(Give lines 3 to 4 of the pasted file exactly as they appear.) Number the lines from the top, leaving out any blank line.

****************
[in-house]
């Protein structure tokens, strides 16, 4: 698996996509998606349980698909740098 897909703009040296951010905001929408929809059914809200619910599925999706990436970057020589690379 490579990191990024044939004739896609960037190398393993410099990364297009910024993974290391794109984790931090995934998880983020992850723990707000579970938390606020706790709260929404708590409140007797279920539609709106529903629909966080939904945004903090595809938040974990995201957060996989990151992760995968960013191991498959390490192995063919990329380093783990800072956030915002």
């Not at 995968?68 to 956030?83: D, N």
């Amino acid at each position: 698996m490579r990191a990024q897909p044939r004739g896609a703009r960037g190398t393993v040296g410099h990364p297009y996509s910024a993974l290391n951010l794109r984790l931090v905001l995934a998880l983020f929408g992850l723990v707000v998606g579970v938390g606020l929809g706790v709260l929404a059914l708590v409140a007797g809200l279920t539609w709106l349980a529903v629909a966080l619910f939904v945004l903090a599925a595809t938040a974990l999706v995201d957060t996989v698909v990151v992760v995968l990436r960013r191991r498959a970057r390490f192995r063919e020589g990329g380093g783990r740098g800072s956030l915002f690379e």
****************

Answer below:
């Not at 995968?68 to 956030?83: D, N």
């Amino acid at each position: 698996m490579r990191a990024q897909p044939r004739g896609a703009r960037g190398t393993v040296g410099h990364p297009y996509s910024a993974l290391n951010l794109r984790l931090v905001l995934a998880l983020f929408g992850l723990v707000v998606g579970v938390g606020l929809g706790v709260l929404a059914l708590v409140a007797g809200l279920t539609w709106l349980a529903v629909a966080l619910f939904v945004l903090a599925a595809t938040a974990l999706v995201d957060t996989v698909v990151v992760v995968l990436r960013r191991r498959a970057r390490f192995r063919e020589g990329g380093g783990r740098g800072s956030l915002f690379e």